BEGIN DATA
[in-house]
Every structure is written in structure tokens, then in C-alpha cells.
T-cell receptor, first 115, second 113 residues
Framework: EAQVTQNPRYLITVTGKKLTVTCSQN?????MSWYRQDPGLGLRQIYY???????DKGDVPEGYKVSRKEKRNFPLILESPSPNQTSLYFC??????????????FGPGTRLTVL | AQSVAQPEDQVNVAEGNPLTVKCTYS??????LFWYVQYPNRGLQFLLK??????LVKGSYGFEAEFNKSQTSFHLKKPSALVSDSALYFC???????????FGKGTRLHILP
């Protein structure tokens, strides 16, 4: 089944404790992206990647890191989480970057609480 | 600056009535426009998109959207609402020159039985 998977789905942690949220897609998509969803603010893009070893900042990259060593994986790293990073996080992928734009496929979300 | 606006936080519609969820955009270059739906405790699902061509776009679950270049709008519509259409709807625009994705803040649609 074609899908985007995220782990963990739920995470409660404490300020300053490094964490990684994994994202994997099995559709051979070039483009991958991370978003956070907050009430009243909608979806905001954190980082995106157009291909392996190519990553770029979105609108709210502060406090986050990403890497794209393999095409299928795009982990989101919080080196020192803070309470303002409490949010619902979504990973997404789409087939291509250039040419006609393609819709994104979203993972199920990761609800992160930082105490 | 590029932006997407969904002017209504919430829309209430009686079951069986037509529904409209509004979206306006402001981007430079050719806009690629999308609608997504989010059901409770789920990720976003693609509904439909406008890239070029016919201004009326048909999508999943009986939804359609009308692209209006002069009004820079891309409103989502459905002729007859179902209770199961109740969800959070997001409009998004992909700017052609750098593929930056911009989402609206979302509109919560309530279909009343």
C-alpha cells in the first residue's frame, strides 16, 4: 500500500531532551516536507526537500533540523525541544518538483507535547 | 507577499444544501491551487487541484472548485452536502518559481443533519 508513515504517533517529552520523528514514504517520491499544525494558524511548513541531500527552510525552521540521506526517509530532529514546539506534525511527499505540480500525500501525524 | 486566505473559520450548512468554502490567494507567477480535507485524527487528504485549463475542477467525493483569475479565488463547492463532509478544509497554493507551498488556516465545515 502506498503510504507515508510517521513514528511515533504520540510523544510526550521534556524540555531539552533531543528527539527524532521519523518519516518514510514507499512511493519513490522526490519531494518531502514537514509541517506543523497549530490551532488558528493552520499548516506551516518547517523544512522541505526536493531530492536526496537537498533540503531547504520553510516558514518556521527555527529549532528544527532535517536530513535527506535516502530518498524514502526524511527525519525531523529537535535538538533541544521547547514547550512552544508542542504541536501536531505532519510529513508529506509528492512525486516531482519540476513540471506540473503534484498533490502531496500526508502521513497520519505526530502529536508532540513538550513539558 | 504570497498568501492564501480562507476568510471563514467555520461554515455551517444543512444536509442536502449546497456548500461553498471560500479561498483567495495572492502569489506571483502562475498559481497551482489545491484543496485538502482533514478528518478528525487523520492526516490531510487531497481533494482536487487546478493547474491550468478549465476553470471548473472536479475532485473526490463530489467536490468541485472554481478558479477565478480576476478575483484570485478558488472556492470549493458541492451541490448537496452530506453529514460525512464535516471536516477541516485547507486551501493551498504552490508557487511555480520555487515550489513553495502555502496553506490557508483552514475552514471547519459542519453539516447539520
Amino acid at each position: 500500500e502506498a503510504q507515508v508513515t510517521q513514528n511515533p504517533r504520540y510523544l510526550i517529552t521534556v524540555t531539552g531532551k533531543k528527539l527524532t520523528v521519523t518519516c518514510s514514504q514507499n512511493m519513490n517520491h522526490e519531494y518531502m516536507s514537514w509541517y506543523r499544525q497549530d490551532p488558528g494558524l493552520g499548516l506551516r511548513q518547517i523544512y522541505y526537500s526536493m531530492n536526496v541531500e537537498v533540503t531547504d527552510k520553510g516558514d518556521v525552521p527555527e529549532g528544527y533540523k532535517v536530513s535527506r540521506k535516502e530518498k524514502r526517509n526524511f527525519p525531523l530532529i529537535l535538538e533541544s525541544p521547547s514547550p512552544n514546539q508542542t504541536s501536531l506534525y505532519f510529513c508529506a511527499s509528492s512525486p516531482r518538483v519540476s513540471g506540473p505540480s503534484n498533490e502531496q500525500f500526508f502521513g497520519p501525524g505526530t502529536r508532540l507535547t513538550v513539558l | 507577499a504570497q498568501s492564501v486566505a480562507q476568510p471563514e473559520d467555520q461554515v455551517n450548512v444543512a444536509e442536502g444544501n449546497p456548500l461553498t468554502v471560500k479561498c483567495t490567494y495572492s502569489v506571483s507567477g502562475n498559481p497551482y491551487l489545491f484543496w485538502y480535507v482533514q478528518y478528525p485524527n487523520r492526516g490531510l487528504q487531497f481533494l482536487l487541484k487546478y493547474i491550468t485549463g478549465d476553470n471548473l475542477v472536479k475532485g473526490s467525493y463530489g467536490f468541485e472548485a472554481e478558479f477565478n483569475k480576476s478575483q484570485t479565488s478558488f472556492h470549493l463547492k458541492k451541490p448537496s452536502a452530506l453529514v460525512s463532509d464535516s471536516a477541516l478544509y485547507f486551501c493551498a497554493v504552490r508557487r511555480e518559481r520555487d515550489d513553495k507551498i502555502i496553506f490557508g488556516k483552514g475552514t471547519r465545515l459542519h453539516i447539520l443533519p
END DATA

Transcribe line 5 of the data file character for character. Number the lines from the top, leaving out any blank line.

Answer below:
């Protein structure tokens, strides 16, 4: 089944404790992206990647890191989480970057609480 | 600056009535426009998109959207609402020159039985 998977789905942690949220897609998509969803603010893009070893900042990259060593994986790293990073996080992928734009496929979300 | 606006936080519609969820955009270059739906405790699902061509776009679950270049709008519509259409709807625009994705803040649609 074609899908985007995220782990963990739920995470409660404490300020300053490094964490990684994994994202994997099995559709051979070039483009991958991370978003956070907050009430009243909608979806905001954190980082995106157009291909392996190519990553770029979105609108709210502060406090986050990403890497794209393999095409299928795009982990989101919080080196020192803070309470303002409490949010619902979504990973997404789409087939291509250039040419006609393609819709994104979203993972199920990761609800992160930082105490 | 590029932006997407969904002017209504919430829309209430009686079951069986037509529904409209509004979206306006402001981007430079050719806009690629999308609608997504989010059901409770789920990720976003693609509904439909406008890239070029016919201004009326048909999508999943009986939804359609009308692209209006002069009004820079891309409103989502459905002729007859179902209770199961109740969800959070997001409009998004992909700017052609750098593929930056911009989402609206979302509109919560309530279909009343």